Ah the joys of Christmas, especially through the eyes of a child. Or sometimes through their unwitting wisdom. Such was the case when my first grader recently came out of school sucking on a candy cane.
“Guess where I got this candy cane, Mama,” she said.
“I don’t know where did you get the candy cane?”
“Santa,” she responded.
“So Santa came to your school?” I asked.
“Yes, but he was a fake because the real Santa knows everybody’s name. And I didn’t get my picture because I didn’t go to the end of the line and anyway it was 5 cents, and I didn’t have 5 cents. Why is everything with money?”
“Everything costs money, Honey. There’s only one thing in life that’s free.”
“What’s that?” she asked.
She countered my pearl of wisdom with her own. “And garbage.”
After I stopped laughing, I got to thinking. Though she meant what she said quite literally, there is some proverbial truth to her response. In any situation, we can offer one of two things: our love and compassion or the pieces of ourselves that are used, useless, and carelessly cast aside.
Traffic is an excellent place to demonstrate this concept. Say there is road construction and all lanes are merging into one. There is a line of cars trying to make this maneuver, and the person next to you slows enough to let you in. You move into the open space and give a little wave to the considerate person behind you.
Then, there is the person who speeds ahead of everyone else and cuts in at the last minute. You curse this person and if close enough issue a different hand gesture.
Of course, it’s much easier to leave our garbage behind. Surely someone else will clean it up, and if not, it will simply blend in with everyone else’s garbage. It’s no big deal, right?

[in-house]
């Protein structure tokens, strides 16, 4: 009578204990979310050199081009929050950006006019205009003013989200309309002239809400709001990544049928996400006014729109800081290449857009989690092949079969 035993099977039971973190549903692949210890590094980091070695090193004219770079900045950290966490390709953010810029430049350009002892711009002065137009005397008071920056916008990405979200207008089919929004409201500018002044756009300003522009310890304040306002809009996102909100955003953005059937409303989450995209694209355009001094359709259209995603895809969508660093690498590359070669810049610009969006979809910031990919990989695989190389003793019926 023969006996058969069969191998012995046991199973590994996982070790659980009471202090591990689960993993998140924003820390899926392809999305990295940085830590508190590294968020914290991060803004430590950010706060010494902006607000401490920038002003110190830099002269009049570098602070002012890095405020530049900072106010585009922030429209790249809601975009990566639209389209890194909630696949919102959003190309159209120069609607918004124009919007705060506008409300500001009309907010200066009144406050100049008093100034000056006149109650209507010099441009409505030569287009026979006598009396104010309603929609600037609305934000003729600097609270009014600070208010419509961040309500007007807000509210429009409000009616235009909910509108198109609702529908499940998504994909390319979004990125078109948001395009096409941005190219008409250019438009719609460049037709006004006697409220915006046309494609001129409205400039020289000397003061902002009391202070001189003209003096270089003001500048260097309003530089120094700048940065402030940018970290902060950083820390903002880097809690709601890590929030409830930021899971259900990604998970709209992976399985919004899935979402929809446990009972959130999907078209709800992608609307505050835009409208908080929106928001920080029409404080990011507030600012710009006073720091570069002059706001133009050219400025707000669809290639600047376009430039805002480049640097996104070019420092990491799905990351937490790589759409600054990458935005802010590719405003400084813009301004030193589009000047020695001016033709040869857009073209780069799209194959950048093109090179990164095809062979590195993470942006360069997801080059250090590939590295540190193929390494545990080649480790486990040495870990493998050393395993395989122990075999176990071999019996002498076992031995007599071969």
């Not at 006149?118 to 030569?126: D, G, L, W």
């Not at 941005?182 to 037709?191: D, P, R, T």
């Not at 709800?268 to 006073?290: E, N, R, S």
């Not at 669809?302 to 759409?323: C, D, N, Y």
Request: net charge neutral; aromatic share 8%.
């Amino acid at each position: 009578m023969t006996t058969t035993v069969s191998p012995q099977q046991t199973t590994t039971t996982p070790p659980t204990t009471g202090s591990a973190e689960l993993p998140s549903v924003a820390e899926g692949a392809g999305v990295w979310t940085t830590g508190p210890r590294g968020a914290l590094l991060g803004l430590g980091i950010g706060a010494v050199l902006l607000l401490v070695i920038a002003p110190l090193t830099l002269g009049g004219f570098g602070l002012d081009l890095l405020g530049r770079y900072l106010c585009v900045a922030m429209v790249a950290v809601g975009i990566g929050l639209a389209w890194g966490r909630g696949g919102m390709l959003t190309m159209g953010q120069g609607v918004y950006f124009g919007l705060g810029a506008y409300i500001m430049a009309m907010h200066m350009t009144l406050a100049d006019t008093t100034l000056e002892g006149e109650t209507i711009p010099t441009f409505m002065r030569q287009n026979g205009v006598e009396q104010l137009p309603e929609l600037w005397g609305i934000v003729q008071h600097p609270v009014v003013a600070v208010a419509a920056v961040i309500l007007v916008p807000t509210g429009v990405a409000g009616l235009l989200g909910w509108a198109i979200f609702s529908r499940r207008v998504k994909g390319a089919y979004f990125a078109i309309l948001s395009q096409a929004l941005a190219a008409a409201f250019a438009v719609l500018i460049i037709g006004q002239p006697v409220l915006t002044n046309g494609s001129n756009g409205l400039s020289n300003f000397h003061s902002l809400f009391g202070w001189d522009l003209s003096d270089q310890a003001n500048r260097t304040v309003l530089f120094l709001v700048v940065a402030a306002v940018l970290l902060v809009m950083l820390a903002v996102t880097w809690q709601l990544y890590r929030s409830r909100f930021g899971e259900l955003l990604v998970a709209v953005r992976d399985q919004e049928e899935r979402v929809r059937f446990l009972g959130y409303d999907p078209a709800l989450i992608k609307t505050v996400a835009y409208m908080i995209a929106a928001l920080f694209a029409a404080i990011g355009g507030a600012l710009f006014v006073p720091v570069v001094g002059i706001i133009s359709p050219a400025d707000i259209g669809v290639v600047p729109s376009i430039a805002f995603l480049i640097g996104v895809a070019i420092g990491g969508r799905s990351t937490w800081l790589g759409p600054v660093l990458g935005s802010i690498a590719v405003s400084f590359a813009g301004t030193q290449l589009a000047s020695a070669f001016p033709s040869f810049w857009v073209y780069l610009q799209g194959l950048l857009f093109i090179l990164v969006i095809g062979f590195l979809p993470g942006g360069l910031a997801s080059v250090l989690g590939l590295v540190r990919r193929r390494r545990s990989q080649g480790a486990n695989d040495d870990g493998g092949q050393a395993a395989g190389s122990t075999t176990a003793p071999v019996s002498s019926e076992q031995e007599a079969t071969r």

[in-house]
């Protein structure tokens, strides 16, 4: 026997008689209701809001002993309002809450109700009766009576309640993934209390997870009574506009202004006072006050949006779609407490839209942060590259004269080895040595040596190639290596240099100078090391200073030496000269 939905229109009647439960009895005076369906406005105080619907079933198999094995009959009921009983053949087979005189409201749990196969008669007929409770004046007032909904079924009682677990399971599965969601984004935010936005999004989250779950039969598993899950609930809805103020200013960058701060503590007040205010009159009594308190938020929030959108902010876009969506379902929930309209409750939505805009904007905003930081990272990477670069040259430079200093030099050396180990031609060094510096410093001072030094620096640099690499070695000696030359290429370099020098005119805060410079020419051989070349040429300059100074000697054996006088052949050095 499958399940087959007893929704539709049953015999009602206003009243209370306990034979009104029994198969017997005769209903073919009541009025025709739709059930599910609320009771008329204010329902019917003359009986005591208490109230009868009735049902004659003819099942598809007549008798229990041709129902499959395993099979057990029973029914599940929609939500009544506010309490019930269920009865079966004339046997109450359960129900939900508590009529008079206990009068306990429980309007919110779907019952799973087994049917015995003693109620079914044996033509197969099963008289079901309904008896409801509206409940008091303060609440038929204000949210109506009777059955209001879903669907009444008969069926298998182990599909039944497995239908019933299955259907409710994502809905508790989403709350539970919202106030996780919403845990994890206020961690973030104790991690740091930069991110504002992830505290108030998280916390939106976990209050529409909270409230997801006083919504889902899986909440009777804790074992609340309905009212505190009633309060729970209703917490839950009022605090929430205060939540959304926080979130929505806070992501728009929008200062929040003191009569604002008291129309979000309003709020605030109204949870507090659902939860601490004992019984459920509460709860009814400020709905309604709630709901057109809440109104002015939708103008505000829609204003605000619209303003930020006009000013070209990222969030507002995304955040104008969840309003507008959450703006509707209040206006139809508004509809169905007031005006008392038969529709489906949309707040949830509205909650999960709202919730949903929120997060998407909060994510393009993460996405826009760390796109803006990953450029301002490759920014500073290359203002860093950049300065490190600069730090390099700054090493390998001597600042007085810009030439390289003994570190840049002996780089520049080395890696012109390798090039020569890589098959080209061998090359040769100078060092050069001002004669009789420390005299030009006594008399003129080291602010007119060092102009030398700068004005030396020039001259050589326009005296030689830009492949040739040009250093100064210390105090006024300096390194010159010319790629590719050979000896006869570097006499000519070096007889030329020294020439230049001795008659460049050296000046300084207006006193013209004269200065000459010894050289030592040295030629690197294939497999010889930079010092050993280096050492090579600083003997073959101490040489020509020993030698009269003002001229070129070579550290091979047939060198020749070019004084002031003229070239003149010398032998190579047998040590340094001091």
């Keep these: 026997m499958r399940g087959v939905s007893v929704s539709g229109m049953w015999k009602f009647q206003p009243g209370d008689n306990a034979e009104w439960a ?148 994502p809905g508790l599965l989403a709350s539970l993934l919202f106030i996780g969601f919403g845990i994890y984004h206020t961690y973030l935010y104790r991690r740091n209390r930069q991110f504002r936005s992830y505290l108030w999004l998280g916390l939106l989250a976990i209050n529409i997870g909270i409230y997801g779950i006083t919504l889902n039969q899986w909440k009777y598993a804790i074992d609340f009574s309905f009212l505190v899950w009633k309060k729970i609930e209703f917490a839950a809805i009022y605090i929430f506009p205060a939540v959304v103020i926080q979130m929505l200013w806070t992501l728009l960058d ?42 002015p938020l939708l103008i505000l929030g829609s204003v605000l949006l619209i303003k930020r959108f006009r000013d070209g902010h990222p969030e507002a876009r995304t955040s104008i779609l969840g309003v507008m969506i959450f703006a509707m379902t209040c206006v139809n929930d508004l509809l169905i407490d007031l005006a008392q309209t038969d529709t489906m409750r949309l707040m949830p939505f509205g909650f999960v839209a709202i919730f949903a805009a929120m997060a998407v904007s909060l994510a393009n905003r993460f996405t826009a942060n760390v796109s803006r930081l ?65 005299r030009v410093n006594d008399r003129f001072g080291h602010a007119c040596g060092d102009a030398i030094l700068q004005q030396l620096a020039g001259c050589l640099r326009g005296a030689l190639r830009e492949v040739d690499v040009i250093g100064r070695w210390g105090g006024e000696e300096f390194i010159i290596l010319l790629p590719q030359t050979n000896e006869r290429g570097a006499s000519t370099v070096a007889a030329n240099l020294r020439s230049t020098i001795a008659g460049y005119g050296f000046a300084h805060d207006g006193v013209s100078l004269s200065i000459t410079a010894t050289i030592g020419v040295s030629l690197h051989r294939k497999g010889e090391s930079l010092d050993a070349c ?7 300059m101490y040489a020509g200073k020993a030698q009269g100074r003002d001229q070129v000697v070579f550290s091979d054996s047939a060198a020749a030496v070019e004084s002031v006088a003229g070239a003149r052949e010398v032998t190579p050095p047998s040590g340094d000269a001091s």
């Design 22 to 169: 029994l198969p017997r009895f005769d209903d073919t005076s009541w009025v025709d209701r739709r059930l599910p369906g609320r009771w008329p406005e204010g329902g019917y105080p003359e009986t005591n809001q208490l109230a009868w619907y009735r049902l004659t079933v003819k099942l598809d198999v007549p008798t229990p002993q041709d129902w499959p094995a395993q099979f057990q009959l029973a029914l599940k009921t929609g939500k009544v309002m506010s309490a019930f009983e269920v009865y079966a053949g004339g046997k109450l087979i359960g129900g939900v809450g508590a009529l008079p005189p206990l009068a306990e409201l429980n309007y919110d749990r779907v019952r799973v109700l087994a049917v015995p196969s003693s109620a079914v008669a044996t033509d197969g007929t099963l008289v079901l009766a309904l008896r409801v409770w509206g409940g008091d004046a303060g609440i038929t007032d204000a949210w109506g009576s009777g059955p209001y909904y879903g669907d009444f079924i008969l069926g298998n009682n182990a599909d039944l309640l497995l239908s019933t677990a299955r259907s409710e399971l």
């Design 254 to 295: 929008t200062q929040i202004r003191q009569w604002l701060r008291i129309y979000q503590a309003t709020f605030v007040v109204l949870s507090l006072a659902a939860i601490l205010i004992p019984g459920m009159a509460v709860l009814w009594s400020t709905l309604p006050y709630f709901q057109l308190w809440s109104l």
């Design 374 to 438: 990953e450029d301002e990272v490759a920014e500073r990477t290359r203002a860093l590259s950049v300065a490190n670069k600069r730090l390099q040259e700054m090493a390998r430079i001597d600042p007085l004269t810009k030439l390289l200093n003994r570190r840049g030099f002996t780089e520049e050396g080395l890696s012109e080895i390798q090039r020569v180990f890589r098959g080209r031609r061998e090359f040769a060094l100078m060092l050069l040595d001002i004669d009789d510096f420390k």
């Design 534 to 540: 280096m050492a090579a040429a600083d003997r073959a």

Though I am not a scientifically minded person, Newton’s laws of motion have remained with me since I first encountered them in a long ago high school physics class. My favorite is his third, which states, “For every action there is an equal and opposite reaction.” Simply put, if I push against a wall, the wall pushes back at me with the same amount of force.
Apply this concept to the love/garbage dichotomy, and it follows that you get love for love and garbage for garbage. (You let me in, I give you a friendly wave. You cut me off, I give you a not-so-friendly finger.)
Not a perfect description of the way the world works, of course, because there are people who give garbage no matter how much love they receive. Alternately, there are people who love the habitual garbage-givers. (I would like to say that I have that much love, but my actions prove otherwise.)
In the giving and receiving of love and garbage, there is also the amount of effort to consider. Where there is little effort, there is little reward. Love requires much effort, so the reward is greater. And it usually takes longer to see that equal and opposite reaction, especially when you are a parent.
Each Christmas brings about the subject of giving and receiving. I, for one, will be the giver and receiver of many gifts. Yet, the most I can give is my love. The least, my garbage. So simple, but such a hard lesson to learn.